Whether either statement was admissible under the co-conspirator exception is open to doubt. The governing rule permits a hearsay statement by a fellow conspirator against the defendant if made during and in furtherance of the conspiracy; but while admissibility is decided by the judge and requires only a preponderance of evidence to establish the predicate, some evidence of the conspiracy independent of the hearsay statement itself is required. Fed.R.Evid. 801(d) (2) (E); United States v. Sepulveda, 15 F.3d 1161, 1181-82 (1st Cir. 1993), cert. denied, 512 U.S. 1223, 114 S. Ct. 2714, 129 L. Ed. 2d 840 (1994). Here, Jaime says that there was no independent evidence that he and the declarants were members of any conspiracy.
The government says (unhelpfully) that the main drug conspiracy — which it builds around Ayala, the Garcia brothers, and others — was amply established. But this is beside the point: Rafa's out-of-court statement was admissible against Jaime only if they were part of the same conspiracy; that conspiracy was at best one to run Rafa's separate drug operation; and there is moreover no independent evidence of that conspiracy unless one counts as adequate corroboration the hearsay statement — also connecting Jaime and Rafa with drugs — made by Manuel Garcia and testified to by Goglas.
The statement made by Manuel to Goglas, however terse, is at least arguably admissible because Manuel and Jaime can be viewed as conspirators to kidnap and murder Michael and Eddie Vazquez; that murder conspiracy is independently corroborated; and the statement by Manuel was allegedly made to Goglas after the murder during the attempted cover up. So long as the statement is made during the conspiracy, the "in furtherance" requirement is administered flexibly. See United States v. Flores-Rivera, 56 F.3d 319, 330 (1st Cir. 1995). In all events defense counsel objected to the statement only on grounds of relevance; the statement is clearly relevant and any claim now that it was inadmissible hearsay falters on the plain error rule.3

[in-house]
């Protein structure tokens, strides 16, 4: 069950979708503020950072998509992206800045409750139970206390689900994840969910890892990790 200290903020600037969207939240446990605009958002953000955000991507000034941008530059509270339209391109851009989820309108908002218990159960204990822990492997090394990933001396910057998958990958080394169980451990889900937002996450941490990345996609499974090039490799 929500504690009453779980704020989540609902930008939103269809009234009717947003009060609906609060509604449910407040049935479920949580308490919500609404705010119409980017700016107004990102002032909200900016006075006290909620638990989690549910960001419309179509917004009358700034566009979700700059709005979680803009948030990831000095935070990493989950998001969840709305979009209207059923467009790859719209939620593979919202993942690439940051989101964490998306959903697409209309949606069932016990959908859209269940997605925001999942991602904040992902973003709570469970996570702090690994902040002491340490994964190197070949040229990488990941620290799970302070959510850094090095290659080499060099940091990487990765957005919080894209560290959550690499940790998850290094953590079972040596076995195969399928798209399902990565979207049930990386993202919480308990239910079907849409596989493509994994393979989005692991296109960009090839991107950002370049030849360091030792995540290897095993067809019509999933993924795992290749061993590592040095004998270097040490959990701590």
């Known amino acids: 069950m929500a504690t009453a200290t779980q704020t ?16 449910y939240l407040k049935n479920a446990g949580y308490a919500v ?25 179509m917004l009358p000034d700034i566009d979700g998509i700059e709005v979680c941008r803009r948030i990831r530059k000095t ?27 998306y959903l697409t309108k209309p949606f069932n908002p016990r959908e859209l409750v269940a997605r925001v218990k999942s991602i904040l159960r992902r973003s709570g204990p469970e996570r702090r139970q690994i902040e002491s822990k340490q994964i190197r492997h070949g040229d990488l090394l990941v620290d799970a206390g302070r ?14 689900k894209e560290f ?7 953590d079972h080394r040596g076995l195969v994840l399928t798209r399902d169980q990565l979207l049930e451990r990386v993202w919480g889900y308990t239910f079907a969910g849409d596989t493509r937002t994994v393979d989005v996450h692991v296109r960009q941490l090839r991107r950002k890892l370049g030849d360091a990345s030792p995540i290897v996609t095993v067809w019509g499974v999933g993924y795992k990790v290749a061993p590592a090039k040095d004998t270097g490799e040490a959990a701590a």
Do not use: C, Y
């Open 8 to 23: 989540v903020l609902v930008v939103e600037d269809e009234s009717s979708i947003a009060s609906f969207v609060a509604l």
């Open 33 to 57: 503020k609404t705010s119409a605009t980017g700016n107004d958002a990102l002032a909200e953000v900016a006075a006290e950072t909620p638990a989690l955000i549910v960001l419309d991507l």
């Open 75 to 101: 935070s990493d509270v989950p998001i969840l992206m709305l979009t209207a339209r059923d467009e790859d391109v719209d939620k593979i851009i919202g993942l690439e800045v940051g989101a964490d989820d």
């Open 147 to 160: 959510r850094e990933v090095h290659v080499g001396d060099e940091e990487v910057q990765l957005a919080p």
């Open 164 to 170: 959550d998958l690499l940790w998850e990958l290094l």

This second statement furnishes what may be adequate, although still thin, evidence from which a jury might suppose that Jaime knew something about the Garcia brothers and their associates. In addition to the hearsay statement, Goglas testified that Rafa, at some point in time, supplied drugs to Manuel Garcia's father-in-law, and may have distributed drugs on at least one occasion to Manuel's drug point. The hearsay statement creates a link between Jaime and Rafa, and there is this tangential affiliation between Rafa and Manuel Garcia. Even so, there is no evidence that Jaime ever met Manuel or even worked for Rafa at the time this affiliation existed.